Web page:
SurveillanceNSA to destroy millions of American call records collected under controversial program

Published 28 July 2015

The director of national intelligence said on Monday that the NSA would no longer examine call records collected by the NSA in its controversial bulk collection program before the June reauthorization of the Patriot Act which prohibits such collection. Bulk records are typically kept for five years, but the director said that although the records in the NSA database were collected lawfully, they would not be examined, and would soon be destroyed.

The Obama administration has announced that the NSA will soon stop examining, and soon will begin to destroy, calling records of millions of Americans the agency collected under a 2006 rule which expanded the agency’s surveillance powers, and which was revealed by Edward Snowden.

In June Congress passed a reauthorization of the Patriot Act – but ended the NSA’s bulk collection of American calling records. Congress gave the agency six months to phase out the program and stop collecting new calling record, but the agency officials said at the time that they had not yet decided what to do with the records already collected before the revised law was passed. The NSA typically keeps such records for five years.

The New York Times notes that intelligence agencies typically want, for as long as possible, to keep records which were lawfully obtained.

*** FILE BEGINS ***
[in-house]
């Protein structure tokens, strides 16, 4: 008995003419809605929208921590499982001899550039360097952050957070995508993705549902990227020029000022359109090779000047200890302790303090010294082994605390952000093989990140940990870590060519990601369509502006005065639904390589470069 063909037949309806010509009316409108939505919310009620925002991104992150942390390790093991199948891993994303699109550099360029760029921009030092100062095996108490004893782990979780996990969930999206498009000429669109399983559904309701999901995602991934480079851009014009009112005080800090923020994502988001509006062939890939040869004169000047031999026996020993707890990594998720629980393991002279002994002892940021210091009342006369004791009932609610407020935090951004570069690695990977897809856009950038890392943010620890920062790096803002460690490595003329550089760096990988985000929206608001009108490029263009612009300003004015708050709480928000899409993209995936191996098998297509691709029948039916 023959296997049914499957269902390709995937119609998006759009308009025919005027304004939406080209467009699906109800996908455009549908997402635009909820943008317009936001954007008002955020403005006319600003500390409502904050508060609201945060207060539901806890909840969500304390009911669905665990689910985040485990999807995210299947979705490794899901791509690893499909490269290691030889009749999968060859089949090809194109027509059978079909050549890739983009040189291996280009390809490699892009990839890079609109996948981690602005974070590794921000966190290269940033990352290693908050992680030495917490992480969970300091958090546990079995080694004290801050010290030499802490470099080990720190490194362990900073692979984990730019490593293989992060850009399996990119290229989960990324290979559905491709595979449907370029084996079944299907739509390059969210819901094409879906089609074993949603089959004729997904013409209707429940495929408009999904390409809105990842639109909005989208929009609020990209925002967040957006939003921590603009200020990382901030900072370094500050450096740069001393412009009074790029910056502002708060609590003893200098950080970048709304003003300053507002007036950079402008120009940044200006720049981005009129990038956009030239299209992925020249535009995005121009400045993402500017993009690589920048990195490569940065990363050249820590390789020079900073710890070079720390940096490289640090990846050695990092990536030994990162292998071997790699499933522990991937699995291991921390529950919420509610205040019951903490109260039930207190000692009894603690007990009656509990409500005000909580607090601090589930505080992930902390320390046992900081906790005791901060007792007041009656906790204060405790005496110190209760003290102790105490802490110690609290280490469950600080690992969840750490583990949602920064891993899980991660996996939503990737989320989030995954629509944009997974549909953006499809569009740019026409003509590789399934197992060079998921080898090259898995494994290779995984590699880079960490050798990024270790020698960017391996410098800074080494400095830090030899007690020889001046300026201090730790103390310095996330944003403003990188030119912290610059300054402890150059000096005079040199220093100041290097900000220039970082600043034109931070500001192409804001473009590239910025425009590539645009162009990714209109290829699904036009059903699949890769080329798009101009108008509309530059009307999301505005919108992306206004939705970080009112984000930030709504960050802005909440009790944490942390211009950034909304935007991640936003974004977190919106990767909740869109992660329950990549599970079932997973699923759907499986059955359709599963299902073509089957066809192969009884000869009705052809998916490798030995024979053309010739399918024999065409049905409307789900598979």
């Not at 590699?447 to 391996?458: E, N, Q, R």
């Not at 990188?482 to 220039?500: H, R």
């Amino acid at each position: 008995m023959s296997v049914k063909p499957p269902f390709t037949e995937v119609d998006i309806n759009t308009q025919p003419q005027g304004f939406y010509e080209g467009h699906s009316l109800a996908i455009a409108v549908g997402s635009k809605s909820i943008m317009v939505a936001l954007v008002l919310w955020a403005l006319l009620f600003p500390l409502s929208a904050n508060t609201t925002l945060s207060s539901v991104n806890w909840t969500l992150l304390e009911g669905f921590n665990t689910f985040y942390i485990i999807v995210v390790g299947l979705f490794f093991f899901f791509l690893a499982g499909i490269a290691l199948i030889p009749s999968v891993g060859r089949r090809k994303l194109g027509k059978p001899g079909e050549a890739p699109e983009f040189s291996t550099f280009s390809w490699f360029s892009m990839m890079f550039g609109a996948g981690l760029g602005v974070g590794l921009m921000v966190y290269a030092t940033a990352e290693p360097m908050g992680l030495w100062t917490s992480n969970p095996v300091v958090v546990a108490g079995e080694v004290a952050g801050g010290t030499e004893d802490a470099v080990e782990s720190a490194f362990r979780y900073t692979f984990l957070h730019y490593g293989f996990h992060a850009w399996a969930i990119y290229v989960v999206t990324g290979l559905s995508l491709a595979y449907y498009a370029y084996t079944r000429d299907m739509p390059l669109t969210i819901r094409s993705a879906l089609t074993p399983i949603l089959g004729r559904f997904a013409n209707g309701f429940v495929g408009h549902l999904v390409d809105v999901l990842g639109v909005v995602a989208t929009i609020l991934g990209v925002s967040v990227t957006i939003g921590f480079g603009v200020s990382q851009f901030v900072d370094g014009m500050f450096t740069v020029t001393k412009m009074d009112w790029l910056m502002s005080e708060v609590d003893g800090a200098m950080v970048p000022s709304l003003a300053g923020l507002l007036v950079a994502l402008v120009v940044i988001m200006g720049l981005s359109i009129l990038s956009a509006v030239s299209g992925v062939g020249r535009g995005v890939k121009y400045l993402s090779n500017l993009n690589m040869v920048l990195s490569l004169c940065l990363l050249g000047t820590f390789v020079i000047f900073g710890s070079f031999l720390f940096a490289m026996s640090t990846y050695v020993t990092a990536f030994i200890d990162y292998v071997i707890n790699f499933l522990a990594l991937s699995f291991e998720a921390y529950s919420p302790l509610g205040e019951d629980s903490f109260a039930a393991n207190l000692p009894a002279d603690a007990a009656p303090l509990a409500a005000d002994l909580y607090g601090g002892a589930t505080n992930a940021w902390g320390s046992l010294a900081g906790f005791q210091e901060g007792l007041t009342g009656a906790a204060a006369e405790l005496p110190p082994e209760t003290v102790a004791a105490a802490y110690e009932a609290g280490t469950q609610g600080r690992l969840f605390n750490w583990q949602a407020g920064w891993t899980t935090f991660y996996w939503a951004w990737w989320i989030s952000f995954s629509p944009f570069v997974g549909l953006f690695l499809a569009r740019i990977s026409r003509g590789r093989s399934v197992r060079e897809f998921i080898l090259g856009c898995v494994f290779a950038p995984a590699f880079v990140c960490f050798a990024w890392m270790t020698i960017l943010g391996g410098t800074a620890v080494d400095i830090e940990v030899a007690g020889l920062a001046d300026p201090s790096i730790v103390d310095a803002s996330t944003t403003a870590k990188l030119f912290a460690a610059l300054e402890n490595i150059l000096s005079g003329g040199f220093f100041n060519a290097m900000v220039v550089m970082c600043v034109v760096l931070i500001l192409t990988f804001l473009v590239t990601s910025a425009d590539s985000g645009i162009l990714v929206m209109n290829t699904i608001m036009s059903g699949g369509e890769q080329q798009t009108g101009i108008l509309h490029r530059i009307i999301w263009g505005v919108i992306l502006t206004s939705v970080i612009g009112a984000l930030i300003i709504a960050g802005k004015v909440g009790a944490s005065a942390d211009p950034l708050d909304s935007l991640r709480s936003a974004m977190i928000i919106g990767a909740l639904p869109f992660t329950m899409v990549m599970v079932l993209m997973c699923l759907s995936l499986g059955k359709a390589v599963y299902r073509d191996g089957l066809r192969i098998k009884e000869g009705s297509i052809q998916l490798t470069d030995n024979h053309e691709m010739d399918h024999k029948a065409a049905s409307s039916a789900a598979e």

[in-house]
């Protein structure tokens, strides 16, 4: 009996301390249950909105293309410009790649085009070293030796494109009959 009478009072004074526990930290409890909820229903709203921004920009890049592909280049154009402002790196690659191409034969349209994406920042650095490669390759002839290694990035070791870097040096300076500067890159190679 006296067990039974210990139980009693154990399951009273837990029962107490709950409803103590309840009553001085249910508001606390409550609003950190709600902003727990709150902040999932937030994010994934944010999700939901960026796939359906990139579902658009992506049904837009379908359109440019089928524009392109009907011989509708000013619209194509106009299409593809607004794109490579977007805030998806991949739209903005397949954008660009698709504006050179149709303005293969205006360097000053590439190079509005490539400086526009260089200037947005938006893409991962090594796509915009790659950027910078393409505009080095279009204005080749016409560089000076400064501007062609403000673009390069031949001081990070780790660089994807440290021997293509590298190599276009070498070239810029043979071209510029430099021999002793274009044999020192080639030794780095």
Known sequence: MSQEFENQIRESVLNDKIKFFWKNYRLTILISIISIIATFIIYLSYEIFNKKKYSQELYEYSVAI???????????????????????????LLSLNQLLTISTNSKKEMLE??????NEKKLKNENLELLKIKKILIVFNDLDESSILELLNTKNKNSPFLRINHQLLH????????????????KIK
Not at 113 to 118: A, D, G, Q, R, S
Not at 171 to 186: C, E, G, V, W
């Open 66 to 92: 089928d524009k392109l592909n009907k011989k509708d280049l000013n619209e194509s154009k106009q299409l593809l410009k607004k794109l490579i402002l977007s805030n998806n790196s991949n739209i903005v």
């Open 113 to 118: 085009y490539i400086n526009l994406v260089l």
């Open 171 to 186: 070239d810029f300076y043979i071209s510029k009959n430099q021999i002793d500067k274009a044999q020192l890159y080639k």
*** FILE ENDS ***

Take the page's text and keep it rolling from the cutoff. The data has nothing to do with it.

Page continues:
The reauthorized law which ended the bulk collection of phone records of Americans instead allows the NSA to request the records from phone companies if these records are needed in terrorism investigations. The law, however, did not say what should be done with the records already in the NSA system. On Monday, the director of national intelligence said that those records would no longer be examined in terrorism investigations after 29 November, and would be destroyed as soon as possible.

The director noted that records cannot be purged right away because the NSA is being sued over them.

In documents submitted to Congress, the NSA said it queries the database of collected calls around 300 times a year, searching for calls made by and to numbers suspected of being linked to terrorism.

There question of the effectiveness of bulk collection in the war on terror has been hotly debated, with knowledgeable people both inside and outside the intelligence community found among supporters and critics of the program.

The Guardian notes that this debate notwithstanding, in the event of an attack, the records currently being stored would allow the NSA and the FBI quickly to map connections going back several years. Without the database, that task will be harder because the records will have to be obtained.

“There’s a potential reduction in capability that they are accepting under pressure,” said Steven Aftergood, who writes about intelligence and secrecy for the Federation of American Scientists, told the Guardian. “Whatever intelligence and analytical value might reside in this data will be eliminated. It’s a political choice that they are making, and it shows that at the end of the day they are a law-abiding organization. They are not putting their intelligence interests above external control.”